There's one man in town who dispels the advice of thoughtful seers urging zero population growth. Like a baby loves his teddy bear, Siggy Notes savors babies. After all, his livelihood depends on them.

Notes is king of the baby-outfitting business here. Lining the aisles of his five Crib n' Cradle stores in paraphernalia to make infants look as dapper as Donald Duck and fully equipped to meander through the trying trails of babyhood.

All the hot items on the baby accoutrement market, from inflatable tubs to collapsible cribs, can be found on the stores' pastel-painted shelves. Baby food and disposable diapers are the only baby accessories not sold at Crib n' Cradle.

With more than 10,000 cribs and 6,000 strollers sold last year, business is booming. And despite the recession, it shows no signs of letting up.

"We're always trying to stay caught up with ourselves," says Notes, whose office, adorned with toys and children's pictures looks more like a nursery than the workplace of a corporate executive. "It's so easy to see the rug slipping out from under you when you're growing as fast as we are."

Since Siggy's father, Philip Notes, borrowed $400 from friends and local banks to break ground on the first store at Georgia and Missouri avenues NW, the 27-year-old business has grown into a rich enterprise.

Gross sales, which barely topped $100,000 in 1964, hit the $5 million mark last year. In the last year alone, the company has grown 51 percent, and the younger Notes predicts by 1990 Crib n' Cradle will be a national chain sporting a mail-order catalogue and shipping services coast-to-coast.

Crib n' Cradle stores' miniature furniture and accessories are tailored to infants and young toddlers. Once children turn 3 years old, they'll soon outgrow the stores' merchandise.

But until he does, Notes and his 35-member sales team will outfit the baby with clothes and furniture, toys and wall decorations.

Selling baby furniture and accessories is no simpler than selling cars or stereo equipment, say the sales staff.

Each stroller collapses differently; while one crib converts to a chest of drawers, another turns into a desk. High chairs can be inverted to serve as play tables, and there are enough varieties of passifiers to fill a grocery cart.

"People soon realize this isn't a self-serve operation. People need as much guidance buying the right crib as buying the right car," says the younger Notes.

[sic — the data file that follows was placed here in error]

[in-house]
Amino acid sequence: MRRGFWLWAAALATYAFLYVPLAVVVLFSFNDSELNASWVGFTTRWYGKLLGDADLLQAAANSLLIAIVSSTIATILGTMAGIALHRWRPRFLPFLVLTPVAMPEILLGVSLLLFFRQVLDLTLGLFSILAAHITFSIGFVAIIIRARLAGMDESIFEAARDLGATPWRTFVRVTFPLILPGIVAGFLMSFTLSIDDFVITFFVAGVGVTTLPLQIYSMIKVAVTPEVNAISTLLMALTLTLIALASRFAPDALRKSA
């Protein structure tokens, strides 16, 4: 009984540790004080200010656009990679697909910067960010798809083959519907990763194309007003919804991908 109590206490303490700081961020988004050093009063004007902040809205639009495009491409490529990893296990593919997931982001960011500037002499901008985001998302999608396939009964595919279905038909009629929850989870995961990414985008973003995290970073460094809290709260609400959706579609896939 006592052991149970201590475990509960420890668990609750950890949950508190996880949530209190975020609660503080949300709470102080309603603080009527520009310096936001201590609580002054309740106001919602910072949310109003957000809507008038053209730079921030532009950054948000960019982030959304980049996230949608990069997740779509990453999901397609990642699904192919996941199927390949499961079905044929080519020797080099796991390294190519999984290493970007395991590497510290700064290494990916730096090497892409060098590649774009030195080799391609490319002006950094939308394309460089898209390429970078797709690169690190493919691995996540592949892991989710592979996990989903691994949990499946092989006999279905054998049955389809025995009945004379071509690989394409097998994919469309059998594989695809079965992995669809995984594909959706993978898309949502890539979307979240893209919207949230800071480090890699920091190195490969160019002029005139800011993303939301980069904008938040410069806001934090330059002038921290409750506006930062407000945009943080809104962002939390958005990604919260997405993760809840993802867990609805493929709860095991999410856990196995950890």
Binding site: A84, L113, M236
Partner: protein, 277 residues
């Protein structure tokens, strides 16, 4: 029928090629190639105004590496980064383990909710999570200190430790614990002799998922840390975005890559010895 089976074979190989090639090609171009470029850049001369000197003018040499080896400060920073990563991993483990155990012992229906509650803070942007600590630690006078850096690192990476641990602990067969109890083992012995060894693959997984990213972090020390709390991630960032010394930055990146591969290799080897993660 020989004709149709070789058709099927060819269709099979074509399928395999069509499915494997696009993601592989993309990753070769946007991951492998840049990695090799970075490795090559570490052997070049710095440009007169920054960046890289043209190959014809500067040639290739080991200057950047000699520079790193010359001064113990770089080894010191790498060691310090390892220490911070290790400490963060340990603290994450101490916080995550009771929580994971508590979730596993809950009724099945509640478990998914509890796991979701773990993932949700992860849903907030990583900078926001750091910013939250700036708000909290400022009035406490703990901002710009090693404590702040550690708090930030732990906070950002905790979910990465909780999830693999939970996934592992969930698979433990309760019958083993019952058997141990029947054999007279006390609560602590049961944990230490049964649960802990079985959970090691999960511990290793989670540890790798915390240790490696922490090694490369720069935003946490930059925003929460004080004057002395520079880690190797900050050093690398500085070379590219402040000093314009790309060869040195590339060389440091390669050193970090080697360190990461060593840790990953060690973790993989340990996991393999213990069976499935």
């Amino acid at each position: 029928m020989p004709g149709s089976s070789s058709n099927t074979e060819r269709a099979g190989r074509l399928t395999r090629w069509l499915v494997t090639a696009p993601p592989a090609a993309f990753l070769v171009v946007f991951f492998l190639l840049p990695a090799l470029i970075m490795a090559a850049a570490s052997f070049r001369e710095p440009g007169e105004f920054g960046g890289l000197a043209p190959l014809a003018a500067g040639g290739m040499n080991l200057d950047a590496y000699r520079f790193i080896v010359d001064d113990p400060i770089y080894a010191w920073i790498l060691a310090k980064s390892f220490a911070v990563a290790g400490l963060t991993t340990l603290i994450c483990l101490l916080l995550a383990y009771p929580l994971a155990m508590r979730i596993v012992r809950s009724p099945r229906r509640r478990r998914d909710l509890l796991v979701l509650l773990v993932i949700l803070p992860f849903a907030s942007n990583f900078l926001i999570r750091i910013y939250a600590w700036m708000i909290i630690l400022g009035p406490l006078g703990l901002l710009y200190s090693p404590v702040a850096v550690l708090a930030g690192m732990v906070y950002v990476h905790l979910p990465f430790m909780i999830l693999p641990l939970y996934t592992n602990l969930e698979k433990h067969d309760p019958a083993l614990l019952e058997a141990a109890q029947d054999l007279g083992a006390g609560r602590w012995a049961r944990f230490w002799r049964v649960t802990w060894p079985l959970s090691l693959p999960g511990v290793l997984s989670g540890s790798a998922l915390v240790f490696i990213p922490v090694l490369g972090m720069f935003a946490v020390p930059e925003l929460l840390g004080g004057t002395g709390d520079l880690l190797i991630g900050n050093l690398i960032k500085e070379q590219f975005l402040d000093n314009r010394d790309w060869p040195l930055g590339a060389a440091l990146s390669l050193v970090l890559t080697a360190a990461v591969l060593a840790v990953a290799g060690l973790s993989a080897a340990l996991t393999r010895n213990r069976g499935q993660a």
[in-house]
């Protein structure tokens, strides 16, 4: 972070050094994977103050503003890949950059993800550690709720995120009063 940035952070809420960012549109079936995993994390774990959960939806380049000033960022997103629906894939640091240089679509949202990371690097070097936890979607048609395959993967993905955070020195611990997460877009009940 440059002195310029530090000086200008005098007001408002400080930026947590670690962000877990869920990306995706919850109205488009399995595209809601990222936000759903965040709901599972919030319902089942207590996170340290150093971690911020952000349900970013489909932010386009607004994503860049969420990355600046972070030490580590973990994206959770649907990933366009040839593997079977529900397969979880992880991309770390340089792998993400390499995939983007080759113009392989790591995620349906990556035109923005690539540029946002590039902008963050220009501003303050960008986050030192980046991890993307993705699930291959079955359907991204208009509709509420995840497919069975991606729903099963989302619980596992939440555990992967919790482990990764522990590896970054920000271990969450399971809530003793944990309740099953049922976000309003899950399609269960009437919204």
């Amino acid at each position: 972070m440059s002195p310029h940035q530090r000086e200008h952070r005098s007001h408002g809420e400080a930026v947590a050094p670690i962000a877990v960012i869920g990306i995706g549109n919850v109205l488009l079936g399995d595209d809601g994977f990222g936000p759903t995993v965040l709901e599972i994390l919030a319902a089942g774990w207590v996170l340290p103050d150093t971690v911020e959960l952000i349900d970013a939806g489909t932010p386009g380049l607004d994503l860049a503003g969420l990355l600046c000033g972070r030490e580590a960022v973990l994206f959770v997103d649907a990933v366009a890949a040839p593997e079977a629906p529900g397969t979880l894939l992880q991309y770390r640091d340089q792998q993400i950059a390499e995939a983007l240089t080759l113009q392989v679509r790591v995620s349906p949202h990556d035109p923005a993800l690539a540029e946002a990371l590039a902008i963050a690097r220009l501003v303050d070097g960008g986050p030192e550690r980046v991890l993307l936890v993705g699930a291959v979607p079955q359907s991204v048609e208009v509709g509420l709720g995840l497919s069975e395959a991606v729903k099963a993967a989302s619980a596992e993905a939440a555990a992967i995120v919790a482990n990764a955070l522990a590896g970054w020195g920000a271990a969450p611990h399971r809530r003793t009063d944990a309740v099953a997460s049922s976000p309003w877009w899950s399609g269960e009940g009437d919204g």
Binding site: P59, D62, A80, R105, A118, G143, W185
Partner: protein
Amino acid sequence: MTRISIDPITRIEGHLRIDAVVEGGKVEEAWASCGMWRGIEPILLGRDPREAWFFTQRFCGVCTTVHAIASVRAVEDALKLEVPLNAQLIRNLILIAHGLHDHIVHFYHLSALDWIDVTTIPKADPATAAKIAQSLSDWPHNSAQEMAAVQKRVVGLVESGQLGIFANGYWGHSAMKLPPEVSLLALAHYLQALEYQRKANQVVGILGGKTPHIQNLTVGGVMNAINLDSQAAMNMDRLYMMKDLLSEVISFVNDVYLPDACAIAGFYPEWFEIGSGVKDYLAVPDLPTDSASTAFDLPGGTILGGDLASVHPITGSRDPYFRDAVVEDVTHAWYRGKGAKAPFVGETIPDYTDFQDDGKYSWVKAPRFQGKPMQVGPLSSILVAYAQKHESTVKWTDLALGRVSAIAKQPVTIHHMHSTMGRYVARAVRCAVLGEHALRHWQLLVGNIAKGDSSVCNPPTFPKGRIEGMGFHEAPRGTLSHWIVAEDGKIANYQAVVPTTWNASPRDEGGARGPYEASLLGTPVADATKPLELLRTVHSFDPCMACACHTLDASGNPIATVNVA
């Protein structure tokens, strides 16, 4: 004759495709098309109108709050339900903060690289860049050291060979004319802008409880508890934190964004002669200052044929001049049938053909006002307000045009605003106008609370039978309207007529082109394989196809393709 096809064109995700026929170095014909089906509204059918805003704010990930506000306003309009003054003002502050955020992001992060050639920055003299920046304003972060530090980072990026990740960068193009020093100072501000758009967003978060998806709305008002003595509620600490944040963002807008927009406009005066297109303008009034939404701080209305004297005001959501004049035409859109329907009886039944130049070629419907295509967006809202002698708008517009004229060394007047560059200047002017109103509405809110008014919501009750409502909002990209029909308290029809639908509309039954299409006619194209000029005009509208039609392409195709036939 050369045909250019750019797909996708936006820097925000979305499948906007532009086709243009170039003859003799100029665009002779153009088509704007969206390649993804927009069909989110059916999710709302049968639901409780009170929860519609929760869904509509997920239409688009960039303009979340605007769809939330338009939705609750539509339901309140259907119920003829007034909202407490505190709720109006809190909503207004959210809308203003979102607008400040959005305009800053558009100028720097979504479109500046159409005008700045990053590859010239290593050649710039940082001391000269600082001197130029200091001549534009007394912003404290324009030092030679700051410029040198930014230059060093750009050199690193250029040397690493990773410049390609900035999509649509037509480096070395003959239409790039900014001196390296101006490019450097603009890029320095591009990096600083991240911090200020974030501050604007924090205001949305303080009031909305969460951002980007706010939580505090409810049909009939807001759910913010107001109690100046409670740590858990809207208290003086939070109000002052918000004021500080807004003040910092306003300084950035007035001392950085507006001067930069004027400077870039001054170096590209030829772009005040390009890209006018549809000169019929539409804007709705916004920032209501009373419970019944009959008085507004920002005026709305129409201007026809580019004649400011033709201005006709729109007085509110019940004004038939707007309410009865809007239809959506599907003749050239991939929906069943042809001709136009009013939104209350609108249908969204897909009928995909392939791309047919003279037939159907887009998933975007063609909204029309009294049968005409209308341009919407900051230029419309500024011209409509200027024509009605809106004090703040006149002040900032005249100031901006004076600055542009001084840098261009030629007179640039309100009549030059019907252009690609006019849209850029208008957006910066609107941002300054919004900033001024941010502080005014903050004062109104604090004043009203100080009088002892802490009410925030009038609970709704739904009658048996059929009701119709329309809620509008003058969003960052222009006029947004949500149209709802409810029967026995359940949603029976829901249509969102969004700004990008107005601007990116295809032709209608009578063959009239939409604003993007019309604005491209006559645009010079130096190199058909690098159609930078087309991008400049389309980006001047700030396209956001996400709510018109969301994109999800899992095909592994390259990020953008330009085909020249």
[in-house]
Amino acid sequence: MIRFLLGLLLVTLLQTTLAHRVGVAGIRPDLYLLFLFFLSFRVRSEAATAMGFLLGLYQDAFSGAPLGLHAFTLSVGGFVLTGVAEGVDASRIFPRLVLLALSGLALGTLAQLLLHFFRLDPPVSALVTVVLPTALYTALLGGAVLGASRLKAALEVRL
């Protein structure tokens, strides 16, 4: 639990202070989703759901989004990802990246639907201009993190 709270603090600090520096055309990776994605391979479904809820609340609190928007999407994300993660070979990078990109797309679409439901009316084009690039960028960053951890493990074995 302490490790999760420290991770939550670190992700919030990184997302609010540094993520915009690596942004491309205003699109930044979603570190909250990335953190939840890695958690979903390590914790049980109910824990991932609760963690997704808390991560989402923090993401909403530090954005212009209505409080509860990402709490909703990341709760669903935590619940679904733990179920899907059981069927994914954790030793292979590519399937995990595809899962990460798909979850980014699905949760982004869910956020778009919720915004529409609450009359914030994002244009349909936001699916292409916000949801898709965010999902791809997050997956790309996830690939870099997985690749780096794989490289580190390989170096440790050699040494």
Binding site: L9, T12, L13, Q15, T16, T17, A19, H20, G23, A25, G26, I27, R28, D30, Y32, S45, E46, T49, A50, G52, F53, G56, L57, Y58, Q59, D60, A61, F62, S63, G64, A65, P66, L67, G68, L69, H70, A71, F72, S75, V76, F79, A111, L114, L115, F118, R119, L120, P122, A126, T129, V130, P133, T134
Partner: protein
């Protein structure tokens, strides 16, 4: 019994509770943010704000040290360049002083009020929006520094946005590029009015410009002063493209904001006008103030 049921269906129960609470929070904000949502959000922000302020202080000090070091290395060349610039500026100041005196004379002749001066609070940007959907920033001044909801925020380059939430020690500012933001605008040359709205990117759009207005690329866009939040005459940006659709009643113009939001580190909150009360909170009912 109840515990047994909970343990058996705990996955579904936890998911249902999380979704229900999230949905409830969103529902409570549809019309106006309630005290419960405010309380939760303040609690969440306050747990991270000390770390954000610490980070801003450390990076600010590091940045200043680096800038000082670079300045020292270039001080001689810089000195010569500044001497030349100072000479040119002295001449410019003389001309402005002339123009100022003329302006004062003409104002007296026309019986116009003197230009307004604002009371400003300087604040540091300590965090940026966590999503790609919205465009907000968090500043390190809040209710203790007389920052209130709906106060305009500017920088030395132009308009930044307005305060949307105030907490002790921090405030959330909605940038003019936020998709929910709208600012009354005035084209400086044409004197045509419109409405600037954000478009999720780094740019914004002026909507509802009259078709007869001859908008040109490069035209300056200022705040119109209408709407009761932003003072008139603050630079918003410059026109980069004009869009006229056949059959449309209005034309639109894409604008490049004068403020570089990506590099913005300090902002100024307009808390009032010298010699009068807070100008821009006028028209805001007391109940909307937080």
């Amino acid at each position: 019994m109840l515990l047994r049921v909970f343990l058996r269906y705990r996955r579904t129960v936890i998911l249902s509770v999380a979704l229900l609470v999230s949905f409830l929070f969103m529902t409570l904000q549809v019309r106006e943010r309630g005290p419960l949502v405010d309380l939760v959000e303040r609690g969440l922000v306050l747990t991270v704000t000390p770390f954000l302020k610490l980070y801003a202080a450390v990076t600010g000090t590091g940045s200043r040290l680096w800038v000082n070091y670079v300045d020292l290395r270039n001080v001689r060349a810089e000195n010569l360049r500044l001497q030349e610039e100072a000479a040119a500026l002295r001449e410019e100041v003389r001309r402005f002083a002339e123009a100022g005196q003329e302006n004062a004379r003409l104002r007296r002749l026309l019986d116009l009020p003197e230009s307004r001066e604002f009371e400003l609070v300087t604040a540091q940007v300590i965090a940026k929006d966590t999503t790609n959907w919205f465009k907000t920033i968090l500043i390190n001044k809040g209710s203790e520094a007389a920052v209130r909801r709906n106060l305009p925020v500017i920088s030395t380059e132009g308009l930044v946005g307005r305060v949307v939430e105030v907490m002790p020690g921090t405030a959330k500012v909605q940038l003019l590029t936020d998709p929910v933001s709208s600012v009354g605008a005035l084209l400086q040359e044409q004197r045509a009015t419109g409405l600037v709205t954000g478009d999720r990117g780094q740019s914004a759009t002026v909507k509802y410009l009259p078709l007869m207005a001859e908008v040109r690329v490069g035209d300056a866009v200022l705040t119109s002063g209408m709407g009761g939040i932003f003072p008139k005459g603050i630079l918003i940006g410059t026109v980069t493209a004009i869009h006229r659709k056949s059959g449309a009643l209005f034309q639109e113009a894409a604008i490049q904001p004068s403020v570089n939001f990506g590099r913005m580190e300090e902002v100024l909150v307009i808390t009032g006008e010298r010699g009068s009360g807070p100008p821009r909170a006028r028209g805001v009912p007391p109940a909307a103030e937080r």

His family photo albums, which share a bookshelf with business manuals and accounting ledgers, tell the story of Crib n' Cradle from its birth one hot summer day in 1953 to its thriving adolescence today.

Philip Notes, who calls himself an adventuresome and brave entrepreneur, says he ran the first store like a Mom-and-Pop grocery. Son Siggy manned the office on weekends while his father delivered the prior week's purchases. Philip's wife, Annette, shared the management responsibilities at the first store.

Seeing a need for more space, the Georgia Ave. store moved to Silver Spring in 1964. By the mid 1970s, Crib n' Cradle had four 12,000-square-foot branches in Maryland and Virginia locations. Last year, the firm opened a store in Baltimore and plans another to open next year; three more stores -- one in Richmond and two in Tidewater -- are on the drawing board.

In addition, a distribution center with luxurious general offices will open next spring in Manasses, allowing Crib n' Cradle to mushroom beyond its recent weed-like growth, Notes says.

Notes attributes the company's success to the transience of Metropolitian Washington's population and to a well-designed advertising policy. The firm spent close to $200,000 last year for local newspaper adds.

While Toys-R-Us and Best Products Co. Inc. stores sell some baby merchandise, Notes has a virtual monopoly in the metropolitan area. In fact, many cities throughout the country are without baby furniture specialty stores, like Crib n' Cradle.

As a result, Notes daily gets requests for furniture and unusual baby accessories -- orthodontic passifiers, for example -- from people in rural communities and in large cities.